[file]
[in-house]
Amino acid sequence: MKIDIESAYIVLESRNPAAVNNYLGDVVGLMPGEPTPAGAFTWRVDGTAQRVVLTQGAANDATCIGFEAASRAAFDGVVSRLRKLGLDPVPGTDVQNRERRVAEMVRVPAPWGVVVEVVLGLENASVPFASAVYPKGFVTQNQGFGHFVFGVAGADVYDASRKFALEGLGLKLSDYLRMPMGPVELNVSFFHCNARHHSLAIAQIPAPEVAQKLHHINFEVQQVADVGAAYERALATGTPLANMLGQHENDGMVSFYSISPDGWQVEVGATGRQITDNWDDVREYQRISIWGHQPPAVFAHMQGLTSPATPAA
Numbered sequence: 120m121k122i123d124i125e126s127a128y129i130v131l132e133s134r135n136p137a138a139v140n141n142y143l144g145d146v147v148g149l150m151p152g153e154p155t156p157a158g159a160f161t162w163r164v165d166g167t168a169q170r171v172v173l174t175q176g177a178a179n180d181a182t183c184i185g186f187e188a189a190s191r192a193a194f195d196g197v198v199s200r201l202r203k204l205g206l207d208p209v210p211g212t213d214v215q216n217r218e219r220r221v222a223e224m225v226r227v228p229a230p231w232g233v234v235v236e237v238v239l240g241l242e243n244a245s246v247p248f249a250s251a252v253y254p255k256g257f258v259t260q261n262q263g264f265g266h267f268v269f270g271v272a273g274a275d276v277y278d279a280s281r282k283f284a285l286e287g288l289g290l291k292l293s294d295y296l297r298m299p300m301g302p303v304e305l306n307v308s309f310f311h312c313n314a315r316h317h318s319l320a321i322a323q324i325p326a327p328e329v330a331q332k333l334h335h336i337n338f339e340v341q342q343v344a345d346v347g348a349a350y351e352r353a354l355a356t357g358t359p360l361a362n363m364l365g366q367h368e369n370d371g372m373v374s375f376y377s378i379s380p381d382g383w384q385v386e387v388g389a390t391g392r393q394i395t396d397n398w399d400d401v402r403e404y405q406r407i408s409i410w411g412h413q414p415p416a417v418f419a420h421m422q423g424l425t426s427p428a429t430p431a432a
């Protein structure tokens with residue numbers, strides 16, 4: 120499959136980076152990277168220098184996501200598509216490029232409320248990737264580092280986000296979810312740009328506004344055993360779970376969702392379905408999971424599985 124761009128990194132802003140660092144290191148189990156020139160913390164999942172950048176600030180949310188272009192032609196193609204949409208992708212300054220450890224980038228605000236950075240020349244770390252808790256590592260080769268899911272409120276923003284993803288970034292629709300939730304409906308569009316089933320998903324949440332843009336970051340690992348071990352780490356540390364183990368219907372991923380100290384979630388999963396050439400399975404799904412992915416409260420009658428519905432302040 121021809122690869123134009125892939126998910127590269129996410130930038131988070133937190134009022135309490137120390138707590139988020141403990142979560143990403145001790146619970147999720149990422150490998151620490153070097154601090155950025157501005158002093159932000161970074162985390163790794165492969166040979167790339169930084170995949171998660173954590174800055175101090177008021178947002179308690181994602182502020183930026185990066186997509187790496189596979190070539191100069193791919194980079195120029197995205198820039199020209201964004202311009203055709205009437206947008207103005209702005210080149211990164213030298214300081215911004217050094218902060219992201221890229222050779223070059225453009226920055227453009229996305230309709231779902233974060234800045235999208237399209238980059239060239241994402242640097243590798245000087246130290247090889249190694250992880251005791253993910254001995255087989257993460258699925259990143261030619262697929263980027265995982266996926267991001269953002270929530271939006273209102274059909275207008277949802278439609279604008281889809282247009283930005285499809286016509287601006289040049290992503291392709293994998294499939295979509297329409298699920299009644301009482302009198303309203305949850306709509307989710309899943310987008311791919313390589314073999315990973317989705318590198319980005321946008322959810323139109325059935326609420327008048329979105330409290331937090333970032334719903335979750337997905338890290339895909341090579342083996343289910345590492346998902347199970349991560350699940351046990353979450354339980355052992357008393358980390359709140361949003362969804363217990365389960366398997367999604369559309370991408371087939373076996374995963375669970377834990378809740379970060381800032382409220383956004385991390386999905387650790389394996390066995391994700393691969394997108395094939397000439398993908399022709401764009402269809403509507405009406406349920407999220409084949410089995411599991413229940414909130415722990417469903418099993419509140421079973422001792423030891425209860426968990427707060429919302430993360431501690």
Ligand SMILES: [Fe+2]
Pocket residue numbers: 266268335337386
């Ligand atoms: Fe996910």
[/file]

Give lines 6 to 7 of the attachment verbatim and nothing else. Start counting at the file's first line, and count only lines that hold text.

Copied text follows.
Pocket residue numbers: 266268335337386
């Ligand atoms: Fe996910």